REVIEW album Old Subbacultcha Old Subbacultcha

Pega Monstro Pay Homage To Girl Power With 'Alfarroba'

Old Subbacultcha

Old Subbacultcha

Portuguese sisters Júlia and Maria Reis have a bunch of experience under their belts. They started playing together when they were teens, formed a record label to document their local garage punk scene in 2010 and are now releasing ‘Alfarroba’, their second album as Pega Monstro.

Pega Monstro album artwork for Subba-Cultcha

In the midst of a new record and a string of shows (including a support slot for Ariel Pink) the duo have stirred up the approval of Animal Collective’s Panda Bear, who expressed his appreciation for their new album via a series of kind words as part of his takeover of Texas-based music blog Gorilla vs. Bear. We’re definitely fans of it too.

The record lives up to its “dream-punk” description, fusing stripped-down yet noisy instrumentation with endearing, echoey vocals. While the drums, distorted guitar and overall lo-fi production are reminiscent of bands of the Riot Grrrl movement, the vocals (sung by both Júlia and Maria, in Portuguese) are melodious and more gentle, drawing comparison to 60s girl groups; Pega Monstro’s balance between both styles thus pays homage to the greatness that is girl power throughout time.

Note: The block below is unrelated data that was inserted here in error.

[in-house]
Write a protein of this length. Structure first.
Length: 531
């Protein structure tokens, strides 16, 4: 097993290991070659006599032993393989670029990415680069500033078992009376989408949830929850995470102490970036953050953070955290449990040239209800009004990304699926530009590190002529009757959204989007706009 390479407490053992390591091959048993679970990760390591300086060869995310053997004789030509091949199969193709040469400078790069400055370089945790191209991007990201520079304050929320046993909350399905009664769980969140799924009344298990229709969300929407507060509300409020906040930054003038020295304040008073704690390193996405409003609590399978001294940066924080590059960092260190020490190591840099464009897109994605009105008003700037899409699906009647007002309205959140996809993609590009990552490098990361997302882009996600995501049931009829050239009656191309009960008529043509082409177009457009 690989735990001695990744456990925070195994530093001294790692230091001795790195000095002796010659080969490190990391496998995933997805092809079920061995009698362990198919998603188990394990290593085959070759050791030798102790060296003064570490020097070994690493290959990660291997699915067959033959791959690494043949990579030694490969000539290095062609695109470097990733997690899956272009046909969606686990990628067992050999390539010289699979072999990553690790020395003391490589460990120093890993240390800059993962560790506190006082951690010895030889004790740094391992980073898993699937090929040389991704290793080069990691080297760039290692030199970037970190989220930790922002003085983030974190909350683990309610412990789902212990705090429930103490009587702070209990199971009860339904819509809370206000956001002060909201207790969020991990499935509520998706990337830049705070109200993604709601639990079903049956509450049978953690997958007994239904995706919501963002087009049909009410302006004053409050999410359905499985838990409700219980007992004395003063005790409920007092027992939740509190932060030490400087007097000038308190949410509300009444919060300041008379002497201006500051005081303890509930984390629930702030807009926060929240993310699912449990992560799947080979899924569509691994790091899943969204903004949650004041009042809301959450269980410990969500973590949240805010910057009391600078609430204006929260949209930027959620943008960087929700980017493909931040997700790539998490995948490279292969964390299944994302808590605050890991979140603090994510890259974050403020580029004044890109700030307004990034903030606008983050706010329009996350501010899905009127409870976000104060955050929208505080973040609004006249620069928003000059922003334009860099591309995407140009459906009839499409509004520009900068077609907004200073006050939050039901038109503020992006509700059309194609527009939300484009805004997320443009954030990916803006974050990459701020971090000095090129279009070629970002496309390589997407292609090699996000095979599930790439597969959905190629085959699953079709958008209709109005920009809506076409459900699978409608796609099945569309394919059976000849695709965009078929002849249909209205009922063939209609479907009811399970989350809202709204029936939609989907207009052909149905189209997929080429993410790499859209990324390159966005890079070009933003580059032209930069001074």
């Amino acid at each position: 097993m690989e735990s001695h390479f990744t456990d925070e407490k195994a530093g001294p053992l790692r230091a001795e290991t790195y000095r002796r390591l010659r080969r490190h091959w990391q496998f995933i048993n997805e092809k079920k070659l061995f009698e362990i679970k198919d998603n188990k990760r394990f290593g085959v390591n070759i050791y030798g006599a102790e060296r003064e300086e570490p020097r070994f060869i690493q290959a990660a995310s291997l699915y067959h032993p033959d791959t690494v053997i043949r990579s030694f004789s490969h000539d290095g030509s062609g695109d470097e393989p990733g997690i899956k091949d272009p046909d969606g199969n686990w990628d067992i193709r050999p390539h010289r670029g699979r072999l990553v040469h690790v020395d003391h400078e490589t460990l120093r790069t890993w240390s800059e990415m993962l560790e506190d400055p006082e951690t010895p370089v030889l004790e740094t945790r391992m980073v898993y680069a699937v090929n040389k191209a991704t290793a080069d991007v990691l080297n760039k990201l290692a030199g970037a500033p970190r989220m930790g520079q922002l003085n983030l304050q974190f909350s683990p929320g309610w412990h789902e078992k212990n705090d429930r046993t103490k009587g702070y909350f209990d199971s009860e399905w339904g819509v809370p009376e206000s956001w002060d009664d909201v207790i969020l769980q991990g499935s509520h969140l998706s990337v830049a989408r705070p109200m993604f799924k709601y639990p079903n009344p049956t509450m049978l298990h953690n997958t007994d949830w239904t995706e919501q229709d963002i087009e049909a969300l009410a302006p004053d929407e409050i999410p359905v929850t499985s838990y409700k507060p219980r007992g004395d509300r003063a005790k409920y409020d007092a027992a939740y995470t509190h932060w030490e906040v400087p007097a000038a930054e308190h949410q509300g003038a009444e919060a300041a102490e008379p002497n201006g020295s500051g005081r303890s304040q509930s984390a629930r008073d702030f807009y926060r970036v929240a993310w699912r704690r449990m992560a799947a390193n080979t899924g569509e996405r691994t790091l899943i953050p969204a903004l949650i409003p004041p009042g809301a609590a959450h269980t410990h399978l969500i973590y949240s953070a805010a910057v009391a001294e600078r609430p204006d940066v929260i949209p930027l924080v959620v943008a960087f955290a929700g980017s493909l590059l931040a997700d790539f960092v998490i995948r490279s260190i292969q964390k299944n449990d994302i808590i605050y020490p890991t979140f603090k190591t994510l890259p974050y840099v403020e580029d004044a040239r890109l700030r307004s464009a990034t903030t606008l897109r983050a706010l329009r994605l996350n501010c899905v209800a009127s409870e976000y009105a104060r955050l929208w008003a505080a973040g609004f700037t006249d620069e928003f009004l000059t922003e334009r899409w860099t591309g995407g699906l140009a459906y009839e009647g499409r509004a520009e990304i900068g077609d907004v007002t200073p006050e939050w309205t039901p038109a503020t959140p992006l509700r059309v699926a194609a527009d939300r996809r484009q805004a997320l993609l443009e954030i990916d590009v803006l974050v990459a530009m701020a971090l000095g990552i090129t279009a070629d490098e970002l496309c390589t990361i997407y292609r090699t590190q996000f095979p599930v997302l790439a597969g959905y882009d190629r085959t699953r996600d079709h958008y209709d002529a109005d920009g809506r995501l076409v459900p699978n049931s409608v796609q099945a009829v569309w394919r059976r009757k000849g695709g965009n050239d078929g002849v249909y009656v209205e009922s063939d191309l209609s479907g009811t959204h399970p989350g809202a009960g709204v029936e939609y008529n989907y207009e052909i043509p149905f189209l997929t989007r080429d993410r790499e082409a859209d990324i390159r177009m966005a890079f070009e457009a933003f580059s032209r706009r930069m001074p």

"Braço de Ferro" opens the album - an infectious punk track that had been shared on the band’s SoundCloud earlier this year. The song is full of energy, with Maria’s guitar and Júlia’s drums providing a cyclical rhythm that is sure to make the listener want to pick up an instrument and prance around, with head banging in full swing.

The vitality is sustained across the album with track 5, "Fiz Esta Canção", in particular standing out for its speed and tight composition. The song is comparable to something you may find in the Vivian Girls archives, sharing the dreamy vocals, simple riffs and typically short length (the track doesn’t exceed 3 minutes).

The tracklist doesn’t just consist of loud and upbeat punk-style songs though. On several occasions, the raucousness is halted while the two-piece dip into other, more gentle styles. Take track 4, "És Tudo O Que Eu Queria", for example. The song is slow and calm with a melancholy feel to it, thus serving as a short and sweet break between the heaviness of the tracks that surround it. The track is a mere 2 minutes long and then plunges into something much faster. Track 7, "És Tu, Já Sei", and track 9, "Fado D'Água Fria" continue this style and are probably the nicest songs of the album. "Fado D'Água Fria", the penultimate track, is stripped back entirely, consisting of just acoustic guitar, soothing layered vocals and a lot of reverb.

Are Pega Monstro the coolest girls around right now? Probably. You can catch them on their UK tour dates throughout August.

To find out more about Pega Monstro, click here.

Words by Saf Bugel.